tips for sharper handheld telephoto images
I want to start by disqualifying myself as an animal photographer. I like to photograph them, but my hands are full learning landscape photography. As I evolve with my work I tend to use longer focal lengths. I have visited Yellowstone National Park several times, and I have never taken what I feel is a great shot of a bison. I have seen many from local photographers who live there, but I typically have a few days before it is time to leave. Animals require patience to get a picture of them with some action. I finally found a scene of a bison facing me, and had enough patience to wait for it to do something. Big accomplishment! :)
It's hard to beat the stability a tripod gives. Unfortunately, it is not always easy to adjust one quickly. It takes time. This is where knowing how to hand hold for photos becomes useful. The photos used in this article are handheld, but you cannot tell. A few things happen to make it possible.
First thing is to make sure your shutter speed is faster than your focal length. If you are shooting a 400mm lens, then you need a shutter speed above that. You cannot shoot a slow shutter speed on the longer lens and obtain sharp photos easily. This rule of thumb applies to all lens.
Secondly, You will want to brace your arm that is holding the camera. My preferred method is to turn my body sideways and fold my arm into my ribs. No matter how you move, your arm should remain locked into your ribs providing a stabilizing effect. Holding your breath helps, and if you cannot hold your breath, modify that by breathing slow so that your movement is smooth. Heavy breathing will create jerky movements. If you are shooting from a vehicle window, turn the vehicle off if possible. They have just enough vibration to create movement.
The other important part is light. Unless you have high dollar gear you need some light. Not harsh light, but just enough so that you can use really fast shutter speeds. We found an Osprey nest around the Tetons that we staked out for a little while. After about twenty minutes of patiently waiting, the bird finally took flight with a small fish. So I already had my arm braced, ready to go, and started firing away. Using a fast shutter speed allows you to freeze the frame. Some times butterflies WILL NOT stop moving, but you can overcome that with a fast shutter speed. It will freeze them. For this particular shot my shutter speed was 1/2000th of a second. So imagine if you could count to 2,000 in one second. As soon as you got to one the camera has already taken the picture. Blows my mind.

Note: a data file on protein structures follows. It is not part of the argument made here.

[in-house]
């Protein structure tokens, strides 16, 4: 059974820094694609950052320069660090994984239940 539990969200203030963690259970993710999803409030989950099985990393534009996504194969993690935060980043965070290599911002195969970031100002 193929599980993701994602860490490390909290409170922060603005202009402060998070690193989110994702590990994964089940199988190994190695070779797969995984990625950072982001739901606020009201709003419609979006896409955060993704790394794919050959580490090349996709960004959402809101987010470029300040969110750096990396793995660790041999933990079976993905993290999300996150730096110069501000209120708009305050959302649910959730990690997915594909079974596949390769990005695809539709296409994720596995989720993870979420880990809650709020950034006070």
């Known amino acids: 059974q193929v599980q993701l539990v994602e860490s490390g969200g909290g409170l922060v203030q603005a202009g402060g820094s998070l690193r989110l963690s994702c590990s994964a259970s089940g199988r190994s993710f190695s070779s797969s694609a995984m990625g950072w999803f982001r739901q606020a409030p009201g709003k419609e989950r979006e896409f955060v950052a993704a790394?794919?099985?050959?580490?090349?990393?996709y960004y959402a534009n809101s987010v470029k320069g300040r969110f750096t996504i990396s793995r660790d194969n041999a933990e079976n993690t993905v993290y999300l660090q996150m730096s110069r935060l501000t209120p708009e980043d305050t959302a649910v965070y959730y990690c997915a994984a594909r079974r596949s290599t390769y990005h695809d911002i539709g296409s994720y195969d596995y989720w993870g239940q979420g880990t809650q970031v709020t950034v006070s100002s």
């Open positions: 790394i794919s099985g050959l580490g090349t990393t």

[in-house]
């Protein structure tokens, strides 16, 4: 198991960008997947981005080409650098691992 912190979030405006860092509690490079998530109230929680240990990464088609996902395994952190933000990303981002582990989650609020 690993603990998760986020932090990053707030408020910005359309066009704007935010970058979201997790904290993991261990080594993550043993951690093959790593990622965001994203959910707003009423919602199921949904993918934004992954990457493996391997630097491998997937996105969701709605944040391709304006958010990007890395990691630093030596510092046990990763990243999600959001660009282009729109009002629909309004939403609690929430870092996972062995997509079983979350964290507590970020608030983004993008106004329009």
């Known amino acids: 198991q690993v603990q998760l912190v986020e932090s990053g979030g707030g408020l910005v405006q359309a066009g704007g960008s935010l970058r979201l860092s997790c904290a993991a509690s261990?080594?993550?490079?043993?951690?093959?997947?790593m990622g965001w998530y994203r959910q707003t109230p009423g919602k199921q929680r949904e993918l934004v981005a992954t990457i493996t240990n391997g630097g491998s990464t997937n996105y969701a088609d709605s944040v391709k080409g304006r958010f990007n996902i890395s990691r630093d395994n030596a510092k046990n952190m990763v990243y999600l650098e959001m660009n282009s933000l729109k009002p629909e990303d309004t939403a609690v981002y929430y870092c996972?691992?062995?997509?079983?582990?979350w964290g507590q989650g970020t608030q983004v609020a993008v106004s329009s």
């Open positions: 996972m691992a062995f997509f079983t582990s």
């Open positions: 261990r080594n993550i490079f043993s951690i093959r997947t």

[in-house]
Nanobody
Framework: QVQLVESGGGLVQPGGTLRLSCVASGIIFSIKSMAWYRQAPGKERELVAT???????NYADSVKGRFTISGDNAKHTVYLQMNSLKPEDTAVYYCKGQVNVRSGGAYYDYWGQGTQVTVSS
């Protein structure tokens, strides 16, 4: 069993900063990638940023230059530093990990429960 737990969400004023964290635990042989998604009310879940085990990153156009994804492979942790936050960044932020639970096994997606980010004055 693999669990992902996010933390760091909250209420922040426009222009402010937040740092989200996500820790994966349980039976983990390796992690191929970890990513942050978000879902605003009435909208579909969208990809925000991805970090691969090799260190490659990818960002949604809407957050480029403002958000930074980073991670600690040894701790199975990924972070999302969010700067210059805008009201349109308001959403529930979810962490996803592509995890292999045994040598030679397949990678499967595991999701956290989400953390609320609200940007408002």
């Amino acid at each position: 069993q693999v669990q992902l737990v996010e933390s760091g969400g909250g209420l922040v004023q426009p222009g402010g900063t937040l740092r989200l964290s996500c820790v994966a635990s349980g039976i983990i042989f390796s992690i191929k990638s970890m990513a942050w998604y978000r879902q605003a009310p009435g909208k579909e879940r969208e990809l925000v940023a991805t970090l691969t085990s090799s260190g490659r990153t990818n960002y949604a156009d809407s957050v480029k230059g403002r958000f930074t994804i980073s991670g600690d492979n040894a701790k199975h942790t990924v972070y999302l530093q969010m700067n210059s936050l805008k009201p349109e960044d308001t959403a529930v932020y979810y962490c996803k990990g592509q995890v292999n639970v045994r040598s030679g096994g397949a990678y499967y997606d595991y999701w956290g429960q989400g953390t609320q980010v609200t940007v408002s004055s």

Obviously you need auto-focus for this technique. Animals move fast so you have to be ready. Dial in your settings when the animal is doing nothing. If you wait until the moment comes, you will miss it.
My last thought is that all lenses are not equal. With any zoom lens you have a range within it that the lens is the sharpest. Typically zooming all the way out will not be as sharp as maybe a tad before it is zoomed all the way. This is something you have to take practice shots with to figure out for your particular lens. A zoom lens will always have a hard time being as sharp as a fixed focal length lens. It's a trade off. You sacrifice some sharpness for size and convenience.
Bison camera settings: ISO 400, f5.6, 1/1000th shutter speed,and 270mm focal length. Shot with a Nikon D610 and a Sigma 150-600 contemporary lens.
Osprey camera settings: ISO 400, f6.3, 1/2000th shutter speed, and 600mm focal length. Shot with a Nikon D610 and a Sigma 150-600 contemporary lens.
Moose camera settings: ISO 250, f9.0, 1/640th shutter speed, and 600mm focal length. Shot with a Nikon D610 and a Sigma 150-600 contemporary lens.
Both images were processed using Light Room and Adobe Photoshop.